In addition to reader complaints, writers too are concerned about the mis-purchasing of summaries. Popular author of The Martian, Andy Meir, explained that he didn’t particularly mind the fact that a number  of summaries were being sold in tandem with the full work. “What I do mind,” he told The Observer in an email, “is when they’re deceptively titled, and people buy the summary thinking it’s the actual book. If something’s called ‘The Martian by Andy Weir (summary),’ that’s really questionable. But ‘A Summary of The Martian’ is totally reasonable. As long as the customer knows what they’re buying.”

Some customers do not know what they’re buying, despite the fact that the covers shown for these books tend to have generic, word-blocked cover art that should hint at something not-quite-Random-House.

A series of summary texts (Photo is a screen shot of Amazon's website)

A series of summary e-book covers by BookBuddy. (Image: screenshot from Amazon)

3) The Cheaters

Believe it or not, some of your fellow book club members may not actually be reading the full books you are oh-so-intimately discussing.  “If you don’t want to read the long version, this is pretty much all you need. I mean I’m not going to say that you only need this, but for me this book gave all the important plots I needed,” one reader clarified on a BookSense summary of All The Light We Cannot See, on GoodReads.

Malcom Gladwell, (Photo by Bernard Weil/Toronto Star via Getty Images)

Malcom Gladwell, (Photo: Bernard Weil/Getty Images)

Another, responding to a summary of Malcom Gladwell’s David & Goliath, wrote, “A perfect read if you don’t have time to pour over all of the the original’s 330+ pages! All of the context, without all the fluff.” While arguably the “fluff” is a great portion of  of the value in a work of literature—the linguistic particularities of a well-constructed text — the cheaters are simply not interested.

Among the endless slew of comments on each of the summary books, (fiction works, in particular), there are a number of public comments admitting to selecting the summaries as a lazy short-cut for academic paper-writing, for the purpose of spicing up book club discussions or “to know what all the hype is about” when a bestseller takes off.

4) The Genuinely Confused Ones

Perhaps the texts in question are simply too complex, and the modern reader is just too busy.

These are the ones who truly did read (or are reading) the novels at hand but require a bit of supplementary, navigational assistance.  “In a story that involves so many layers, timeframes, and sub-plots all woven together, it is REALLY easy to lose track if you’re not being careful” admitted one reader, on the discussion page for the BookSense summary of The Girl on the Train, “This reading helper allowed me to stay on top of what’s happening and how it all fits into the bigger picture.”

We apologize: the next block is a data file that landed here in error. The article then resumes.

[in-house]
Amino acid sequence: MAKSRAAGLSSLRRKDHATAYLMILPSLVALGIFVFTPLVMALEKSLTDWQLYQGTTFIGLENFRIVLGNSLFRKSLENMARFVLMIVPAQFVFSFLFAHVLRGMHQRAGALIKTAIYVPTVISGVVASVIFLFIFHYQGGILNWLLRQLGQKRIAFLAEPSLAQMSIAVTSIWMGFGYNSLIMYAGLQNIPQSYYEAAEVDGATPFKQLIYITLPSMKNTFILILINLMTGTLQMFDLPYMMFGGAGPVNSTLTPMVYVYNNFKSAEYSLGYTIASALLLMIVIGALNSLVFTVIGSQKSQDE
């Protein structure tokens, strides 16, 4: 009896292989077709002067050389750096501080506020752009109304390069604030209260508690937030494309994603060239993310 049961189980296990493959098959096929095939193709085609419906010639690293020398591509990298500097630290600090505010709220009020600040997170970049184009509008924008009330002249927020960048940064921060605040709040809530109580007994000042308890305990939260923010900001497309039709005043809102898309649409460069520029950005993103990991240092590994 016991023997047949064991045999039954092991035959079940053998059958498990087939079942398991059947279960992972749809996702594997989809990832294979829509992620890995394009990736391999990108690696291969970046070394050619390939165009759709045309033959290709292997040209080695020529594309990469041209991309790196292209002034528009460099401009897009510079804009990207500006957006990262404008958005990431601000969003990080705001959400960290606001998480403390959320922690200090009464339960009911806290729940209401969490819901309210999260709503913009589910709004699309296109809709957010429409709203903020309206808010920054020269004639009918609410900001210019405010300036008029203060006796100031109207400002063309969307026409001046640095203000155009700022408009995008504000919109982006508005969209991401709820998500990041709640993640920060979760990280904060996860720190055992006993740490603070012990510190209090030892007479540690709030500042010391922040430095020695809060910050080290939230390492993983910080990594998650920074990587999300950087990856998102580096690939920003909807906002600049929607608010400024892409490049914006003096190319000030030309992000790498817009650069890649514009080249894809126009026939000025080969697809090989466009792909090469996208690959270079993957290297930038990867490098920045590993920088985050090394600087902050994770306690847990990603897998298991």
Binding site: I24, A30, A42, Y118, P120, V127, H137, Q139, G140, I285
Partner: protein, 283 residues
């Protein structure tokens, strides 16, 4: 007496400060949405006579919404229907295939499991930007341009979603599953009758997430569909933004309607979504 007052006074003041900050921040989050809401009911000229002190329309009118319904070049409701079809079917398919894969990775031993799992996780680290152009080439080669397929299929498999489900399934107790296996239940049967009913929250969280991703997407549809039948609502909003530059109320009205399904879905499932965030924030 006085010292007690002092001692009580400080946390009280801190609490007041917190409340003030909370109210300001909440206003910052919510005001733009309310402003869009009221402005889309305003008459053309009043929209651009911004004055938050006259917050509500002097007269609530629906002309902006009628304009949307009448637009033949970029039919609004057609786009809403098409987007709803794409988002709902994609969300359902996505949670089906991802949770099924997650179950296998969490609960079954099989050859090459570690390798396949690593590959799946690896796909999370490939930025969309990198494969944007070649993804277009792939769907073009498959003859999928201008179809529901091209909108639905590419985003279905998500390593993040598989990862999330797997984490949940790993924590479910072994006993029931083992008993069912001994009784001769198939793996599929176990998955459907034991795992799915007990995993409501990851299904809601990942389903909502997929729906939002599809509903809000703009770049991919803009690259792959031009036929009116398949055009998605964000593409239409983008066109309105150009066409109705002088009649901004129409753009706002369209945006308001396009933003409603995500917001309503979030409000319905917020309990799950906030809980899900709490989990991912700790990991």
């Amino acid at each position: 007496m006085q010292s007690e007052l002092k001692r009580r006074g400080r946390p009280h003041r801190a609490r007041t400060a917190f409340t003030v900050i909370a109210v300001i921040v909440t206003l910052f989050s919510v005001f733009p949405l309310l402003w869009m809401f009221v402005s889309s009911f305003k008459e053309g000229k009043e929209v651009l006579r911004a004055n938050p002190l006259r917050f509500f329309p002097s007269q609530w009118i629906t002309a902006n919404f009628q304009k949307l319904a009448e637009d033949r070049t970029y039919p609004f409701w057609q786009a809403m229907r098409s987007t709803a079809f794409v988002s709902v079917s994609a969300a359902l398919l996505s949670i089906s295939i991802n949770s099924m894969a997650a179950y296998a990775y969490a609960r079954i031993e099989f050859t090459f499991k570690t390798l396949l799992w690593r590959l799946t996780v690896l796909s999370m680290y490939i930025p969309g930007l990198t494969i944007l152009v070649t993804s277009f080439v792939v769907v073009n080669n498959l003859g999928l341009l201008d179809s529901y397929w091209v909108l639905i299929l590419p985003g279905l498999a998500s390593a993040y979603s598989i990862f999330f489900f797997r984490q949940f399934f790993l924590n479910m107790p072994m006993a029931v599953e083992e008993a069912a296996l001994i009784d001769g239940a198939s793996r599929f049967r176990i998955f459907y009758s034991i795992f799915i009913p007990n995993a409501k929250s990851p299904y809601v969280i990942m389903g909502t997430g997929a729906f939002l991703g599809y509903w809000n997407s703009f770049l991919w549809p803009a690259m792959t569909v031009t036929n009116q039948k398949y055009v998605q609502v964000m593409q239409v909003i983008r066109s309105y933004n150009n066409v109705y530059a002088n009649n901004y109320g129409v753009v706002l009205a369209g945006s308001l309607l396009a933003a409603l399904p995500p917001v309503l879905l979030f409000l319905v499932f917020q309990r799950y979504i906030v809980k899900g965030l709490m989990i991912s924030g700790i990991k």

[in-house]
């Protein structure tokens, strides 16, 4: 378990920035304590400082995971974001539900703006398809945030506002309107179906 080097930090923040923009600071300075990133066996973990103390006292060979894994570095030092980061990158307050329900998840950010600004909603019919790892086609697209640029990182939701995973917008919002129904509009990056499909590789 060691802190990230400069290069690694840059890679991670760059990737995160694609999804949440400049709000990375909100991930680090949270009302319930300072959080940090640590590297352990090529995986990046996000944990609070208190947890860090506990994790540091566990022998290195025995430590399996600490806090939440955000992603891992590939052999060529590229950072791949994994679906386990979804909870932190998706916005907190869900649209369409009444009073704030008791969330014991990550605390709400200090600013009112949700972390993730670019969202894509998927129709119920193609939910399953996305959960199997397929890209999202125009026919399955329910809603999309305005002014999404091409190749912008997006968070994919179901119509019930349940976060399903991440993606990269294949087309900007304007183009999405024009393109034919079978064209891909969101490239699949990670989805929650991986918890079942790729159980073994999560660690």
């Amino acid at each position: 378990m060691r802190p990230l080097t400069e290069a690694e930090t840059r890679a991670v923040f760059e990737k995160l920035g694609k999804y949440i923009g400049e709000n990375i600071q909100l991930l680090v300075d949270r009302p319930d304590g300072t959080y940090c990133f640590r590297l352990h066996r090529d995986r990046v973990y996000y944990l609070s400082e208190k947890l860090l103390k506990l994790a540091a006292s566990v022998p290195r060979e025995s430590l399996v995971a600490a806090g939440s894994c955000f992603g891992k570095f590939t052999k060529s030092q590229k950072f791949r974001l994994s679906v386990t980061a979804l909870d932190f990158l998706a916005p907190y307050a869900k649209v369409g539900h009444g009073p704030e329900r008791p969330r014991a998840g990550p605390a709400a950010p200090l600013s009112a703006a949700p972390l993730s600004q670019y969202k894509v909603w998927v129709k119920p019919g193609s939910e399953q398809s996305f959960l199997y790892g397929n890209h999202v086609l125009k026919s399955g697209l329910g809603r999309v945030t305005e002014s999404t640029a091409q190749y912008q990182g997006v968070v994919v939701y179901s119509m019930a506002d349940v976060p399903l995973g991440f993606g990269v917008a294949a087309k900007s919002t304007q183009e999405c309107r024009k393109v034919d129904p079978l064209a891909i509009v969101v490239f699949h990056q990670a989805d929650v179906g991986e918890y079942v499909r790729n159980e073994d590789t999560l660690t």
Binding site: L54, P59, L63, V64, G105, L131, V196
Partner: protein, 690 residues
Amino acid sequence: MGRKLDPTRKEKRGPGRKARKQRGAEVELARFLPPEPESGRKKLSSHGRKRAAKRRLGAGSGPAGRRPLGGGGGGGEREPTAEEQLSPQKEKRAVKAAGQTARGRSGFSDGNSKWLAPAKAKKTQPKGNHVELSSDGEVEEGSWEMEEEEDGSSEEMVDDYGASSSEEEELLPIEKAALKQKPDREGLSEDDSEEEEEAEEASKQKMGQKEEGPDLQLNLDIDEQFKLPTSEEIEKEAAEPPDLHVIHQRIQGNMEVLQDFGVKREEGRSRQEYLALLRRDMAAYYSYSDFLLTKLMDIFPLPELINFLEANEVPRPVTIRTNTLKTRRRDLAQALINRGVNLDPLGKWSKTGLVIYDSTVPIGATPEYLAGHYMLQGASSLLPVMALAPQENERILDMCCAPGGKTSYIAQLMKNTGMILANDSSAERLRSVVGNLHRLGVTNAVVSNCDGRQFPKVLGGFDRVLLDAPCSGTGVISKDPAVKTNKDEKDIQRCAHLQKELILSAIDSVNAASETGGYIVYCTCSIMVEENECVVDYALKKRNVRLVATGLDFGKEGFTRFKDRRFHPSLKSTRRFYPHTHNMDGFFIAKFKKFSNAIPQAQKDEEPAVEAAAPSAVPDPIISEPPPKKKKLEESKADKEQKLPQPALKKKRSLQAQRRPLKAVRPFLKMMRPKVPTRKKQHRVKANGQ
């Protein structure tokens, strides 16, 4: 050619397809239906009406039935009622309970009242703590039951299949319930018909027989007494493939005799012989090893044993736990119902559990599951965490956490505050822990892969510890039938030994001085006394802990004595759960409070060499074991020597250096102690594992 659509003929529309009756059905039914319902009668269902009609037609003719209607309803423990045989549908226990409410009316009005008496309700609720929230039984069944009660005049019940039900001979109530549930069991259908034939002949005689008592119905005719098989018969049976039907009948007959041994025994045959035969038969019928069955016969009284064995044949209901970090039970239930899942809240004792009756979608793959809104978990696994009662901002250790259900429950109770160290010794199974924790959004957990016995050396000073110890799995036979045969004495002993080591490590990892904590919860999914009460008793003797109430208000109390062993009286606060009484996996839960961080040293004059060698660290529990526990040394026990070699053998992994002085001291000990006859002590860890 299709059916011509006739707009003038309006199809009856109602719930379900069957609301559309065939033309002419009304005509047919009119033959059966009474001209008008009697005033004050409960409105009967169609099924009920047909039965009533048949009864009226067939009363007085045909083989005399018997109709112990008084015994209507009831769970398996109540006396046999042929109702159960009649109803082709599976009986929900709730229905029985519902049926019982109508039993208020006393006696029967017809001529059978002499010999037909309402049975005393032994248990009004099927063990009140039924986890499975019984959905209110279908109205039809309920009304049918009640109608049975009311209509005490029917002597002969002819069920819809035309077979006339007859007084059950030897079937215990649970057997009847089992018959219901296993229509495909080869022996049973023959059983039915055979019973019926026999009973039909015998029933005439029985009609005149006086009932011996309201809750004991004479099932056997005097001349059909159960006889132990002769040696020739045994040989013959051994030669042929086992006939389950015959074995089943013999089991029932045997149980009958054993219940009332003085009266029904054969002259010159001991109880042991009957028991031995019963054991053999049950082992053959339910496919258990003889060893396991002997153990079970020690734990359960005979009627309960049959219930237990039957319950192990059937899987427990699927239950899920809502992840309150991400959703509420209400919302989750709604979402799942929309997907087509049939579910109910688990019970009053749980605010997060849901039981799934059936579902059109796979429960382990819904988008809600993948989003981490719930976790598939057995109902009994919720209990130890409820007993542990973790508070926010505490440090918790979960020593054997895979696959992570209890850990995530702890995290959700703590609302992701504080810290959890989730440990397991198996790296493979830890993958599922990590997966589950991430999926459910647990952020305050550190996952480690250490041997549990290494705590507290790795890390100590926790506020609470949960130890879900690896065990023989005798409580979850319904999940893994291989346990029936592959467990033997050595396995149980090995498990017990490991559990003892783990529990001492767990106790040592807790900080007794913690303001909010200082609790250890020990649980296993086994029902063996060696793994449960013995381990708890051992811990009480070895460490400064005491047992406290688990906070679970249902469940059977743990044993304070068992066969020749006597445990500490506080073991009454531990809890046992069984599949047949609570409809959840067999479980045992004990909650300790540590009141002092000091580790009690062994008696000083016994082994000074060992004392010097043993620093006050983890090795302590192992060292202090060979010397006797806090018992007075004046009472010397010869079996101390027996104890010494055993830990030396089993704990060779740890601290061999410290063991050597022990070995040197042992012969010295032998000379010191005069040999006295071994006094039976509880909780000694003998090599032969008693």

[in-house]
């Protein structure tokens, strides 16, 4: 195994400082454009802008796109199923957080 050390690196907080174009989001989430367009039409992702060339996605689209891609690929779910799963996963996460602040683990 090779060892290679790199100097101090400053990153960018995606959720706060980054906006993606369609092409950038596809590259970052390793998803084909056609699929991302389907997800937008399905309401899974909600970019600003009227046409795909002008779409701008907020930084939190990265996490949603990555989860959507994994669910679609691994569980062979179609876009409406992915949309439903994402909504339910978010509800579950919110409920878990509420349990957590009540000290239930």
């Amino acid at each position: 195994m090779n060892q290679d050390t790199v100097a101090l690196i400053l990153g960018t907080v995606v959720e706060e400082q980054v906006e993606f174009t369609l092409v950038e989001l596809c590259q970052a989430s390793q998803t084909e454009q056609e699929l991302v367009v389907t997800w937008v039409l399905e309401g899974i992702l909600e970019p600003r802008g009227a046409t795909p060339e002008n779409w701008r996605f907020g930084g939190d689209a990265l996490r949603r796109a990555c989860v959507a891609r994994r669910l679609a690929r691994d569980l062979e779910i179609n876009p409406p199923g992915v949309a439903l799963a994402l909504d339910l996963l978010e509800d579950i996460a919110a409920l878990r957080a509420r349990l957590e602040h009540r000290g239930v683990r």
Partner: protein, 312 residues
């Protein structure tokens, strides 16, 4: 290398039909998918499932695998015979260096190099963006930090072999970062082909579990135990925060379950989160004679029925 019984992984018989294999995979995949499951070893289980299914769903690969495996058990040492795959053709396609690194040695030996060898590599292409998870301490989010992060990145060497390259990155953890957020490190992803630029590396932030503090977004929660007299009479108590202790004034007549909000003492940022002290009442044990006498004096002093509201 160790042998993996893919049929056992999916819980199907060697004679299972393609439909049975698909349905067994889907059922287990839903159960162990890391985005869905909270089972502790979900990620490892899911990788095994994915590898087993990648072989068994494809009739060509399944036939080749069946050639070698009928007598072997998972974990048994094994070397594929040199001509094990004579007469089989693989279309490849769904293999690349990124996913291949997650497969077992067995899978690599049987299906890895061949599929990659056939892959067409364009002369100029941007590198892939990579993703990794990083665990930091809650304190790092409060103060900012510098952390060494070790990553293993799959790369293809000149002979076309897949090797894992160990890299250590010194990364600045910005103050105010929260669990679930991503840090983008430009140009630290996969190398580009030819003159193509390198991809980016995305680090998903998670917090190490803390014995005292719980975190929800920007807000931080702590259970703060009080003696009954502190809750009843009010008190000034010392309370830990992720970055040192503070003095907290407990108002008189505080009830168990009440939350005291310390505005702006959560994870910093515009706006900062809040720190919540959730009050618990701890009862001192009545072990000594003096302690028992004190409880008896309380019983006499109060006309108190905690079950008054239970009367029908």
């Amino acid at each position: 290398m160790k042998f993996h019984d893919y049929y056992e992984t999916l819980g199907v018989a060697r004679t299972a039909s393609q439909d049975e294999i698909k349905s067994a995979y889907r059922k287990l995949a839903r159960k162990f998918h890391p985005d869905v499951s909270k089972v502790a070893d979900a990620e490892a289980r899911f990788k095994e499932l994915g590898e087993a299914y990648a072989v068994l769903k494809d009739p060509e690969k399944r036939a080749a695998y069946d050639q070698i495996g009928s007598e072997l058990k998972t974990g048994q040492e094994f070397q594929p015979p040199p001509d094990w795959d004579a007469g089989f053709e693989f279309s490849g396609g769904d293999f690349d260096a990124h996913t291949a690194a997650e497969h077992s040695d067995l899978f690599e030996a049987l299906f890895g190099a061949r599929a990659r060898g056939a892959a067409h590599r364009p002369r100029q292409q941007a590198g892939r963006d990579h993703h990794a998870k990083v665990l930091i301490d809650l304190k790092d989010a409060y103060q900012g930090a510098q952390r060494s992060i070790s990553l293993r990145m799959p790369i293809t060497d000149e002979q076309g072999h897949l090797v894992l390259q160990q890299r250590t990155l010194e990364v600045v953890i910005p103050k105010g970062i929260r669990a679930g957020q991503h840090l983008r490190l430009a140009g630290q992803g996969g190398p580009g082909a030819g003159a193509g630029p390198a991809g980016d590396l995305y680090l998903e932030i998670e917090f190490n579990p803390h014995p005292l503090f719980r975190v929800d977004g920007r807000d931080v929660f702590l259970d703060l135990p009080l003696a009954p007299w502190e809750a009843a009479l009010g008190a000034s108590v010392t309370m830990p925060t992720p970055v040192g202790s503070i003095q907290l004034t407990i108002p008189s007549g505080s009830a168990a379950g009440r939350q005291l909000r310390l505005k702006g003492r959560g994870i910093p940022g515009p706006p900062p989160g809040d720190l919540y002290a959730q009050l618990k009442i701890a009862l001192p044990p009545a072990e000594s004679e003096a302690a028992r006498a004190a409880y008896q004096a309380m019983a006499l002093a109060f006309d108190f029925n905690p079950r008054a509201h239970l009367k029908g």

It seems that being careful has grown to be too much to ask of readers—perhaps the genuinely confused are not so genuinely confused as they are a tad bit lazy when it comes to picking apart and piecing together complicated texts. And perhaps the texts in question are simply too complex, and the modern reader is just too busy. Either way, the summaries act as an effective companion.

In the end, it seems to be these four categories of reader who dominate all of the e-reader forums when it comes to summary books. And in the case of these e-book summaries, all of the interpreting has already been done; the audience is simply asked to memorize the given information in preparation for a potentially crucial cultural discussion at a cocktail party attended largely by Warby Parker-wearing intellectuals who seem to have controversial, well-developed opinions on just about every novel within the literary canon.

On the other hand, perhaps all of their pithy commentary was conveniently pre-packaged in a 30-minute summary and analysis, purchased on Amazon for a steep discount from the original cover price.

Bound Book vs. E-book (Photo by Ulrich Baumgarten via Getty Images)

Bound Book vs. E-book. (Photo: Ulrich Baumgarten/Getty)

Summary E-books: For Readers That Don’t Want to Read ‘The Long Version’